Traditionally, in Islam, the term jihad means ‘striving in the way of God” or more simply, struggle. For many Americans, the term jihad has come to have negative and violent connotations. An advertising campaign in America’s public transport system is trying to change that.
The average American is not really sure what the meaning of jihad is.
“I actually don’t know what that word means but it sounds arabic, is it Arabic or Arabian or something like that? I actually don’t know what it means though.”
“Jihad is a term based on religion I think it is a war that is supposed to be part of some beliefs and some groups, some radical groups in the Muslim societies but it’s mostly a term based on religion.”
-Why does it mean trouble?
“… Taking advantage of people, people’s lives, their way of living just morally in all ways of life, it’s bad it’s bad, it’s the wrong way of life.”
An advertising campaign sponsored by the Council on American-Islamic Relations of Chicago is trying to redefine the concept in the public’s mind.
Ahmed Rehab, Executive Director, Council on American-Islamic Relations, Chicago:
“Jihad means to me when confronted with two choice an easy choice and the right choice, its mustering the inner courage, determination, resolve, faith and discipline in order to take on the harder choice.”
Ahmed is the founder of the MyJihad campaign and he’s frustrated that the term jihad has been co-opted by extremists.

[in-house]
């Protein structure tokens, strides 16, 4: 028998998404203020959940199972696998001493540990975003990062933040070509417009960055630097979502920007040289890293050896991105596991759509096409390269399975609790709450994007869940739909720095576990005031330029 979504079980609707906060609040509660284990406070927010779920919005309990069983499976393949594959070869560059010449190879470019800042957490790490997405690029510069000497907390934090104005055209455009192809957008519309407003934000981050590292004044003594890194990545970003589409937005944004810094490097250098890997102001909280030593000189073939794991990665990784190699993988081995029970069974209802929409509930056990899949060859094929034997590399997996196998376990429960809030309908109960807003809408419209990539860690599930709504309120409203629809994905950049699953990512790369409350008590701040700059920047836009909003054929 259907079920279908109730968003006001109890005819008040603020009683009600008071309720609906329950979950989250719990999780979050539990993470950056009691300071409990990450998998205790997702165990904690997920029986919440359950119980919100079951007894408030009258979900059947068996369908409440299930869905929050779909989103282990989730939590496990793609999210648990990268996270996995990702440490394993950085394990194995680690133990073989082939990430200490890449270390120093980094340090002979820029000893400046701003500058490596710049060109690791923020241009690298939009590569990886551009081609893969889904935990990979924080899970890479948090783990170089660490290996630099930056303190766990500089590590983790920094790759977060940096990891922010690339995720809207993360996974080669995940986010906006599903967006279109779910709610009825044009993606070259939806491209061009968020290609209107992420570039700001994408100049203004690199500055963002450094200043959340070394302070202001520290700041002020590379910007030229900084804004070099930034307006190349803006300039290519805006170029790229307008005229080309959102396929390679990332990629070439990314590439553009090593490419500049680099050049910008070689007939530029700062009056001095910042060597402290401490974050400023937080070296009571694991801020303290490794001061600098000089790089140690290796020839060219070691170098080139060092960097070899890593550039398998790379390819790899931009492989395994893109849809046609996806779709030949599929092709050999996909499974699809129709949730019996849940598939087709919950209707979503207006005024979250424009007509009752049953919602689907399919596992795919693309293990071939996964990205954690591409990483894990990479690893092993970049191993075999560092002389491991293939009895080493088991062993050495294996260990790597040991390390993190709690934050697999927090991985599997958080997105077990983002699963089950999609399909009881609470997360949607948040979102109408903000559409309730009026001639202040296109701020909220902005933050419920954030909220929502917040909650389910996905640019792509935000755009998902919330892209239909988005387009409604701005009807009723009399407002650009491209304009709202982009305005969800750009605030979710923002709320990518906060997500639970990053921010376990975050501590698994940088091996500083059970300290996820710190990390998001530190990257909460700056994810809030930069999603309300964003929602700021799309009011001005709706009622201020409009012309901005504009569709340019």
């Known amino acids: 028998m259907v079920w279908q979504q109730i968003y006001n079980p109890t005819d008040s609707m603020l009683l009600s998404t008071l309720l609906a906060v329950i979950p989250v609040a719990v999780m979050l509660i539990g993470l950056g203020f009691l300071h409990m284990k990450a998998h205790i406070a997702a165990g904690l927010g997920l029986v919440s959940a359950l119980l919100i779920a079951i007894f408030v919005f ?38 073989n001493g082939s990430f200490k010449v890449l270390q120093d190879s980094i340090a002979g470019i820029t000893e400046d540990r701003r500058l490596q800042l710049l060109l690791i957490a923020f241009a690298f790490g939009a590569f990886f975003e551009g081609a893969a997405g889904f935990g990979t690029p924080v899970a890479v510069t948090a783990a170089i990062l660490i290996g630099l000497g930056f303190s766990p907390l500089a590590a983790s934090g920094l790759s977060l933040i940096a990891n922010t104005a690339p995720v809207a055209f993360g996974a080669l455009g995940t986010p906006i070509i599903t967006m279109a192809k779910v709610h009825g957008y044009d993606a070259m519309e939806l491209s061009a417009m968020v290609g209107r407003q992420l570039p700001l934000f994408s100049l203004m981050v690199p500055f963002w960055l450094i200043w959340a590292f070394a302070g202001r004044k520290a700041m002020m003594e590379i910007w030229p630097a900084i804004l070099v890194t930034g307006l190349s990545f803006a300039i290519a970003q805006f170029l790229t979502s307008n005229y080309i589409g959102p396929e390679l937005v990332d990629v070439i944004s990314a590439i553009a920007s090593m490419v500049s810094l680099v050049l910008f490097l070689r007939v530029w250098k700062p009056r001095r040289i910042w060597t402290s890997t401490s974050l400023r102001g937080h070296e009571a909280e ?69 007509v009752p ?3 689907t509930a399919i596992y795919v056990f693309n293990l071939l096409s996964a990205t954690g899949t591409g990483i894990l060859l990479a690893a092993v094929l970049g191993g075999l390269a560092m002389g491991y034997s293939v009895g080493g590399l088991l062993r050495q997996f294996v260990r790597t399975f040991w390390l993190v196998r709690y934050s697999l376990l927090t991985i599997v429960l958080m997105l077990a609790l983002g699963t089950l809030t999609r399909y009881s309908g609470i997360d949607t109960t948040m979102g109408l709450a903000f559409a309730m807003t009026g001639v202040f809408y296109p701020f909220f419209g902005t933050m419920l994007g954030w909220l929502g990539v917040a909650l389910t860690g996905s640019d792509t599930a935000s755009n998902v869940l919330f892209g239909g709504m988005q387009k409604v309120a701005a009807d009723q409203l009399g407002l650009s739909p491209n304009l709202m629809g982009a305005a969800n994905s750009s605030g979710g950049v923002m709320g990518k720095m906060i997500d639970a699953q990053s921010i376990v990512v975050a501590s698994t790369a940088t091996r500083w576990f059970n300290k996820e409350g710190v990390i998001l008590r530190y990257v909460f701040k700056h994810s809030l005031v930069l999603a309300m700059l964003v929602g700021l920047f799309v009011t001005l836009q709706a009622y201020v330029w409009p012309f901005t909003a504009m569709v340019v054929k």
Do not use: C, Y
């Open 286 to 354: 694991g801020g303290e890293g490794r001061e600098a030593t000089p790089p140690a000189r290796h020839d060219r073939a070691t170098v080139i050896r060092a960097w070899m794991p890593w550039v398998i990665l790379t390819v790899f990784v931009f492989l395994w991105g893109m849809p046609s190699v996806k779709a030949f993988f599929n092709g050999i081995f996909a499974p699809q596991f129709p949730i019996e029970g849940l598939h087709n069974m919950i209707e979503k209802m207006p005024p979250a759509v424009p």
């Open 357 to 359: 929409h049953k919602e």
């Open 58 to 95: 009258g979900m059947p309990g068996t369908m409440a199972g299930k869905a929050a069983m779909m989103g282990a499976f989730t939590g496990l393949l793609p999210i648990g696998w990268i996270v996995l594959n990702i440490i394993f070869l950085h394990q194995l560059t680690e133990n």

Ahmed Rehab, Executive Director, Council on American Islamic Relations, Chicago:
“With us, being moderate being mainstream the majority representatives of this belief system that is Islam, we believe our voice ought to be at the forefront of the conversation and we think that by pushing out extremists to where they belong, on the fringes we’re doing ourselves and humanity a service.”
The MyJihad advertising campaign has run in Chicago, San Francisco and now in Washington DC. Asaf Bar-Tura is one of the individuals participating in MyJihad.
Asaf Bar-Tura, MyJihad participant:
“To talk about myself as a jihadist is not within my cultural reference I would probably use someone from my own culture to describe myself, but sure I am a person who has struggles who has passions and I try to live them out. And hold myself accountable.”
Asaf Bar-Tura is Jewish….and he sees the value in convincing others that jihad is not just a negative word.
Asaf Bar-Tura, Jewish Council on Urban Affairs:
“We live together, we share this city, we share this country and we have to work together, I think no community is an island, as a member of the Jewish community we have had our own allies, we have have sought out allies, and I think its important for us to be an ally for the benefit of other communities but also for our sense of who we are and what we stand for.”
The campaign is also enlisting social media – such as twitter – to increase awareness that jihad is not just for Muslim extremists.
The advertising campaign ran for the month of February in Washington DC…and the organizers of MyJihad hope to take their photos and their theme to other cities, trying to convince Americans that Jihad really means taking personal responsibility and struggling to make the world a better place.
– Priscilla Huff, JN1, Washington